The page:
Wednesday, 22 June 2011

Will Turkey pull through?

I mean: will it manage to build on some of the steps along the democratic path it's taken?  Or will it slip back to Islamism?
The New York Times is optimistic.  The constitution, it says:
"...should be replaced by a fully democratic charter. It must reinforce human rights, including free speech, a free press and equal rights for women and ethnic minorities and represent the full range of the country’s increasingly pluralistic society."
And Stephen Kinzer writing on the same day (15 June) concludes his article (which I can't find at the moment):
"Turkey is poised to become one of the most successful countries of the 21st century, a model of Muslim democracy and a pwerful force for regional peace.  Whether it will fulfill its potential depends largely on how Erdogan handles the mandate he has just won."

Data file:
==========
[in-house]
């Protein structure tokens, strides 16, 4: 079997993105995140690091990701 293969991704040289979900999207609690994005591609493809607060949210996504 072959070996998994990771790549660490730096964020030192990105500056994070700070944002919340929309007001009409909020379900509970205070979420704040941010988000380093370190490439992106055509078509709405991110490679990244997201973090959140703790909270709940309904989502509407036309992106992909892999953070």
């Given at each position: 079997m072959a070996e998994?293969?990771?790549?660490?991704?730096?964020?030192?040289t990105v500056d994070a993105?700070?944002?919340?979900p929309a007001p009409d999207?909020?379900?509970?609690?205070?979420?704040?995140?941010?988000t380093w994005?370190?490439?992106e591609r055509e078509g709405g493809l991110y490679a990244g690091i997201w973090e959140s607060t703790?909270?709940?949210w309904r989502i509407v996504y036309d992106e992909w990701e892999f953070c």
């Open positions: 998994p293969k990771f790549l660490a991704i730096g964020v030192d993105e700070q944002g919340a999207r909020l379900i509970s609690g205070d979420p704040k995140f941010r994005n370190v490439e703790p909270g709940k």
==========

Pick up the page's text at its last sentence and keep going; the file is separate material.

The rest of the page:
Erdogan has let slip his Islamist leanings. He has quoted the famous Turkish poem:
"The minarets are our bayonets; the domes our helmets; the mosques our barracks and the faithful our army".
He has also railed against the split some in the west make between moderate and "extremist" or "radical" Islam.  "Islam is Islam" he says.[*]
Indeed.  And there's the problem.
My prediction is that the arc tending to Islamism will win out.  I hope I'm wrong.  But I think that's wishful thinking.
[*]Speaking at Kanal D TV’s Arena program, PM Erdogan commented on the term “moderate Islam”, often used in the West to describe AKP and said, ‘These descriptions are very ugly, it is offensive and an insult to our religion. There is no moderate or immoderate Islam. Islam is Islam and that’s it.”

Source: MilliyetTurkey, August 21, 2007 via Memri